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Bret Easton Ellis fancies himself a rebel, but he’s one who keeps score

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Bret Easton Ellis’ first essay collection, “White,” tries to set a trap for anyone who dislikes it. Its title sets itself up as a provocation, daring one to call him racist. The truth of the matter is that “White” isn’t likely to trigger anyone. There’s nothing challenging about the rather banal opinions it expresses: millennials have been raised by a generation of helicopter parents and are now over-sensitive, so they spend all day on social media posting hyperbolically about Donald Trump and any world event they disagree with. If not an outright Trumpist, Ellis thinks it’s gauche to have a strong opinion about politics. The book’s only value comes when Ellis sticks to film criticism, where he actually does offer some insight. It makes one regret that he gave up writing novels in favor of podcasting, writing screenplays, and, according to “White,” getting into arguments with rich liberals at dinner parties.

The best essay in “White” is mostly devoted to Paul Schrader’s “American Gigolo,” seen through the prism of Ellis’ adolescent libido, Richard Gere’s star persona, and its mainstreaming of gay aesthetics. Ellis can write extremely well about acting. His gayness is central to his writing about film, but his “millennial socialist” boyfriend comes across as a rhetorical device rather than a person. Even at the book’s sharpest, it veers off into innocuous but self-absorbed reflections on the ‘80s Brat Pack and hanging out with Judd Nelson. The structure is all over the map, and “White” is a depressing read because its strongest essays are its first few.

He’s on shakier ground when he spends most of another essay criticizing “Moonlight” as a celebration of victimhood aimed at straight white liberals, but his larger points about the narrowness of acceptable gay male roles in American society and the way that organizations like GLAAD reinforce respectability politics instead of celebrating art that shows the messiness and complexity of LGBTQ life are on target. His arguments are weakened, however, by the fact that he uses himself as his main example of a gay rebel suffering under the reign of political correctness, spending pages whining about the negative reaction to tweets he made in 2013! Who belongs to “Generation Wuss,” again?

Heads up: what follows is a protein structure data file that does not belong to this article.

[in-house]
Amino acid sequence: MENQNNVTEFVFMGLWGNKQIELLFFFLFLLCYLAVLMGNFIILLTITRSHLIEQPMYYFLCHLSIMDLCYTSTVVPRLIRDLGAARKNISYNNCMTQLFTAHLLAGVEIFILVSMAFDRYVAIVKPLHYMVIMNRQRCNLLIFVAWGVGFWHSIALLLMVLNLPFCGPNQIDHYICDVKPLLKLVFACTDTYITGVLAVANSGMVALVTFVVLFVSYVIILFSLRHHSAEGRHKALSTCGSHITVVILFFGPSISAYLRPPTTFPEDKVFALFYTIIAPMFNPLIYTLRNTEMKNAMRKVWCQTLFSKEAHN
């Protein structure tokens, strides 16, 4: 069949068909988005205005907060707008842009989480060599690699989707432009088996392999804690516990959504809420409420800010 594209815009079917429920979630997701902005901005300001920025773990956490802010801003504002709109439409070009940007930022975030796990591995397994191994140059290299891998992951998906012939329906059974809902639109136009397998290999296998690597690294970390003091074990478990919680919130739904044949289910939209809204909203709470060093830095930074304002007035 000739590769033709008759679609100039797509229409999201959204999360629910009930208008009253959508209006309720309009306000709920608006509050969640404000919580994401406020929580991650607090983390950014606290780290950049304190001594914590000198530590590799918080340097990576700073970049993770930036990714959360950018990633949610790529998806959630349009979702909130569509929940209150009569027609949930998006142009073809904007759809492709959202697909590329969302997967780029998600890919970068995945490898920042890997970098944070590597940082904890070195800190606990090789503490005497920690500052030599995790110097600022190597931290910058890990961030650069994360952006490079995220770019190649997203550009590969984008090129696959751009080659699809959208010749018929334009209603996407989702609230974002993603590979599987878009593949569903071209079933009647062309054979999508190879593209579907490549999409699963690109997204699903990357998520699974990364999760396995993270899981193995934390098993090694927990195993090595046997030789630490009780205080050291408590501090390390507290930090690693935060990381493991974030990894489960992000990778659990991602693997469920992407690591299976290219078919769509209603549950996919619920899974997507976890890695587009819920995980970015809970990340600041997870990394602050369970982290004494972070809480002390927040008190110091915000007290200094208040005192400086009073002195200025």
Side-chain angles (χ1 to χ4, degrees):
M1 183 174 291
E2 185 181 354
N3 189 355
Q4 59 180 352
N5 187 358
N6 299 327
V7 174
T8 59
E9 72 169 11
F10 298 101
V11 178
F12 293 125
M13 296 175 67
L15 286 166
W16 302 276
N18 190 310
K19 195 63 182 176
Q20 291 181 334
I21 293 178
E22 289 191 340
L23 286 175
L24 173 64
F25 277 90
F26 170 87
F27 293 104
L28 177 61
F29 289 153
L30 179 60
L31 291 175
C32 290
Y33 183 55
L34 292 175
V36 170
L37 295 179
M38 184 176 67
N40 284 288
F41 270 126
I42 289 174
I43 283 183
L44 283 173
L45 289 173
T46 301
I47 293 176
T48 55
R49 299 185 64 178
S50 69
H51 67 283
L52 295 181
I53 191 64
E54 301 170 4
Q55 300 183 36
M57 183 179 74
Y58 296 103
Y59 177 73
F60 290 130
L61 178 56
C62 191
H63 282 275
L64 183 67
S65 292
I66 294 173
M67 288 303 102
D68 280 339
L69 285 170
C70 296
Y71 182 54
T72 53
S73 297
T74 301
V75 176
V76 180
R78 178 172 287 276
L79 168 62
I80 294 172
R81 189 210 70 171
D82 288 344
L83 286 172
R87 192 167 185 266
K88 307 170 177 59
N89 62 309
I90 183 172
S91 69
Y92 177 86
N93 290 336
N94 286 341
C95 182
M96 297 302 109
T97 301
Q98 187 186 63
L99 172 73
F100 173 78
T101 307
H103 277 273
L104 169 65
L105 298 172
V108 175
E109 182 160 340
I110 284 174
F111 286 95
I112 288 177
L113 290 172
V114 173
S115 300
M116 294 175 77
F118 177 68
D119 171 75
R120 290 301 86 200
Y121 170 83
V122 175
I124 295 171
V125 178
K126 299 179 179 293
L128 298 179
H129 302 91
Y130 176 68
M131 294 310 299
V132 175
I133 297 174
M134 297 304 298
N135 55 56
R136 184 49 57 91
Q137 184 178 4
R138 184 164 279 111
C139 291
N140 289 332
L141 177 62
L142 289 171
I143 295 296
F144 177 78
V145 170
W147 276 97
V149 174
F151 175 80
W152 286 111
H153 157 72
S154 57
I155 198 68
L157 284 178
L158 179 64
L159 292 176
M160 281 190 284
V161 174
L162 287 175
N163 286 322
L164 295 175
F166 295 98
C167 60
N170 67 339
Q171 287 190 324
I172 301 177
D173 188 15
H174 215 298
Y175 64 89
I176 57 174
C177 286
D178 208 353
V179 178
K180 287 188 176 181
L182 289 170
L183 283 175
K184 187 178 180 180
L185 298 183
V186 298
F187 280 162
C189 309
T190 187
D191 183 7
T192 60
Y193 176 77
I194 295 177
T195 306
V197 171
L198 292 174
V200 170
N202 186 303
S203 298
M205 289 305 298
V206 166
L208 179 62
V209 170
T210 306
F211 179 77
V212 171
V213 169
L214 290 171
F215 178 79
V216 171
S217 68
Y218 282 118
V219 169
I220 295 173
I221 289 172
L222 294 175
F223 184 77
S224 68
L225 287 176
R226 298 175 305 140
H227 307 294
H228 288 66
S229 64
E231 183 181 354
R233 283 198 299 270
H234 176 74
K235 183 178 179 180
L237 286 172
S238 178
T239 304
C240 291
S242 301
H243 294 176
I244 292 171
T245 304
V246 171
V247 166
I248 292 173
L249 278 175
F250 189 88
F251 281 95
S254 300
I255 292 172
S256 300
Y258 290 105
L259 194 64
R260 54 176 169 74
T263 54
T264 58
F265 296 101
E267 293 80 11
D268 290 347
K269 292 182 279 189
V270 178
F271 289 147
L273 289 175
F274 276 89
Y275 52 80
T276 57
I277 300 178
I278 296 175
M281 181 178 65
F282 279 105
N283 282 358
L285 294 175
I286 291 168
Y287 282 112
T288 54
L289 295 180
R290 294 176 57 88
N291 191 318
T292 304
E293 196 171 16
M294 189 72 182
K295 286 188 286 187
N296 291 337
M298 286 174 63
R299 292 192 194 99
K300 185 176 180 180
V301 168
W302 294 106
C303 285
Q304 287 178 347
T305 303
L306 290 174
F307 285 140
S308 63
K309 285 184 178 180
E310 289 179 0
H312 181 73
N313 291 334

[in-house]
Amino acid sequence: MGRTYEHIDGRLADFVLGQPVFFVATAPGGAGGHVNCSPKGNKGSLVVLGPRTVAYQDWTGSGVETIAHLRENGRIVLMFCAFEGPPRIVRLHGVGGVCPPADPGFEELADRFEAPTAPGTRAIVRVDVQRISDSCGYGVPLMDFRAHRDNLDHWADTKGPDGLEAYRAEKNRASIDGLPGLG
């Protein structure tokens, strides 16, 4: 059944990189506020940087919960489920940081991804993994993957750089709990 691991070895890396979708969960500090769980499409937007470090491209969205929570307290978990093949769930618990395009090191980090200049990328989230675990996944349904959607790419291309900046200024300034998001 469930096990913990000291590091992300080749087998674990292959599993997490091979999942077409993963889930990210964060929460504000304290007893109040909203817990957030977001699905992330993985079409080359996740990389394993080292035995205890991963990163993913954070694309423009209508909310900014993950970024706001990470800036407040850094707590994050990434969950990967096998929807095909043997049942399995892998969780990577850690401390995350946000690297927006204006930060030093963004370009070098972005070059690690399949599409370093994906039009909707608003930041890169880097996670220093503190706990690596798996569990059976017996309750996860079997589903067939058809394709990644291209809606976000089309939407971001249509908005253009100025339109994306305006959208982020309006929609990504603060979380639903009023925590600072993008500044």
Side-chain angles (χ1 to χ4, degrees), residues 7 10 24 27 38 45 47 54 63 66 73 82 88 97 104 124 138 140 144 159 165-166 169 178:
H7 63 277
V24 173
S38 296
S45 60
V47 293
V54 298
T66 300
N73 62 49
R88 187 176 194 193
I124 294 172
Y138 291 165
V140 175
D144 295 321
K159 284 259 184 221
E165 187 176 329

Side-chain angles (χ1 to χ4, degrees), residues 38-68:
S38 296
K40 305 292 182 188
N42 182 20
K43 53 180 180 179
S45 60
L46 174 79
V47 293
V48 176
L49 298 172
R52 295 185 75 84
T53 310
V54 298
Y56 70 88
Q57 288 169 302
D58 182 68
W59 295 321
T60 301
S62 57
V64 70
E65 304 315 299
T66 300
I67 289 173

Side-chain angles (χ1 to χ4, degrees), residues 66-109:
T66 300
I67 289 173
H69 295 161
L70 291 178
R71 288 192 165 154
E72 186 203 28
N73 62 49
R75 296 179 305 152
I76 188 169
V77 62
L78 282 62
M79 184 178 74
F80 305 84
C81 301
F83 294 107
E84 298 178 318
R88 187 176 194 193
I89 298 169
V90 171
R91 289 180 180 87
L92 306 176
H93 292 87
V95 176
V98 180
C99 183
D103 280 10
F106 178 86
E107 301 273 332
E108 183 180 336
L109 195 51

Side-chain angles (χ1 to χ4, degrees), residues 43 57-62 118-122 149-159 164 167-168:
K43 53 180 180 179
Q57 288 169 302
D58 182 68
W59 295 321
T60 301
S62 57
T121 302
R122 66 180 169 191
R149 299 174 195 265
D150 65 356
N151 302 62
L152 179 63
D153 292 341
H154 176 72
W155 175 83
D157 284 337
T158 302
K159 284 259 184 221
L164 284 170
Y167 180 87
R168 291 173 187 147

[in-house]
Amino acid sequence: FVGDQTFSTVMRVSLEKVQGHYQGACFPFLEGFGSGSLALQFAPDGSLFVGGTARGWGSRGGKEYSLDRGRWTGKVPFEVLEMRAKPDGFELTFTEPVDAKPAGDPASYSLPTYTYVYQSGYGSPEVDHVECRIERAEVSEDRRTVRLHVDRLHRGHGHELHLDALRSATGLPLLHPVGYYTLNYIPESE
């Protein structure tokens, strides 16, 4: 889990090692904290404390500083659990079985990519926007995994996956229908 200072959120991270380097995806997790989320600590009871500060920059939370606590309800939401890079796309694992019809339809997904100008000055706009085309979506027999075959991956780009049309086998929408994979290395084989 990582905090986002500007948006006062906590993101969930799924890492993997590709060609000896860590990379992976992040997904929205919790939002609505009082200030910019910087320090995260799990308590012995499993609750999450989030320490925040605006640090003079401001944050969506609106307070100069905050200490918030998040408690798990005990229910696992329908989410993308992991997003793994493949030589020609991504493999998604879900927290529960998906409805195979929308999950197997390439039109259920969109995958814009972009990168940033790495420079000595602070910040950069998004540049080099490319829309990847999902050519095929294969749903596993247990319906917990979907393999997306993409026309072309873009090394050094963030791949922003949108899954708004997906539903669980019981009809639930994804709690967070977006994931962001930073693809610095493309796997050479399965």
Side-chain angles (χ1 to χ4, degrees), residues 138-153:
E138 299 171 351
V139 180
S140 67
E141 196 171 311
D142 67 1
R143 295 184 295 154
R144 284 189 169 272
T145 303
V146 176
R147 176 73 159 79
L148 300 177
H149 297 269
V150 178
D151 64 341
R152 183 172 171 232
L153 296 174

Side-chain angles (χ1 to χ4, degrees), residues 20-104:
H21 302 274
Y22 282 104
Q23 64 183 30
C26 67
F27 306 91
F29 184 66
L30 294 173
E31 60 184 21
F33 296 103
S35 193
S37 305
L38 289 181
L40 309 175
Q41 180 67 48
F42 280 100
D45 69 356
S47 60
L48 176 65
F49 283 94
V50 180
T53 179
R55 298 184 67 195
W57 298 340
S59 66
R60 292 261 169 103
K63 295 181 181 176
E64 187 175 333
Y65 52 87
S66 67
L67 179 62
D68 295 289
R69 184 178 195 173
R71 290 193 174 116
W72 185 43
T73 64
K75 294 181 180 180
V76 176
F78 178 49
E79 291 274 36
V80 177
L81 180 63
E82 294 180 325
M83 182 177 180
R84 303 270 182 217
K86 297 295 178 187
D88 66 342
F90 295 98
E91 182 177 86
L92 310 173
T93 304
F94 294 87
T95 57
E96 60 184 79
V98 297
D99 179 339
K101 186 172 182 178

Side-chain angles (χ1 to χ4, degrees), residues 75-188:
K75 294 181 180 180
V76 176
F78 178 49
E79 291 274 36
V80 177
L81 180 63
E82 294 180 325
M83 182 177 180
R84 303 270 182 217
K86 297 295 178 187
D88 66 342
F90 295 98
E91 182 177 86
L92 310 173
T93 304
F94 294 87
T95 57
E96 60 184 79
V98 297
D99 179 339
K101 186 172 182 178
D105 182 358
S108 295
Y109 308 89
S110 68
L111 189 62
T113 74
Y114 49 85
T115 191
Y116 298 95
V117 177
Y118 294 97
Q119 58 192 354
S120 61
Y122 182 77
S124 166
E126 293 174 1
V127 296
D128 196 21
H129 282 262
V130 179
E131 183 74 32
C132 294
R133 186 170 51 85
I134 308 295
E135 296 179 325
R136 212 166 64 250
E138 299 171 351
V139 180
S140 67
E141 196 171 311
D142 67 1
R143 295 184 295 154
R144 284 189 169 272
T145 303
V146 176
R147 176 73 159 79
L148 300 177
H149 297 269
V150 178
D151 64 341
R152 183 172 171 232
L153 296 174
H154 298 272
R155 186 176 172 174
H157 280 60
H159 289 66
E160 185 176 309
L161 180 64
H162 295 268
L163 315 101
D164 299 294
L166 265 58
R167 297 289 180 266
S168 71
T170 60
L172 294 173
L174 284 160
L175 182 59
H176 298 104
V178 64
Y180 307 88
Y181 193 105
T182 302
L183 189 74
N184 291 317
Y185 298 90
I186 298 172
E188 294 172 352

Ellis has valid points about the way social media encourages us to express strong opinions while allowing anyone to search them and respond harshly. But instead of focusing on the damage this has done to ordinary people, as Jon Ronson did in “So You’ve Been Publicly Shamed,” he complains about the martyrdom of Roseanne Barr and Milo Yiannopoulos and how badly his his tweets about Kathryn Bigelow’s films being overrated due to her looks were taken. His pretense of being a contrarian who likes being upset by art and doesn’t give a damn about other people’s opinions is undercut by the sheer pettiness of some of his examples and his total inability to accept criticism and disagreement. He still remembers an argument from the mid ‘80s with a friend about whether the Bangles’ “Manic Monday” is a feminist statement. He throws out hot takes no one cares about, like preferring country singer Jamey Johnson’s “The Guitar Song” to Kendrick Lamar’s “To Pimp a Butterfly”, as though he were throwing the first brick at Stonewall.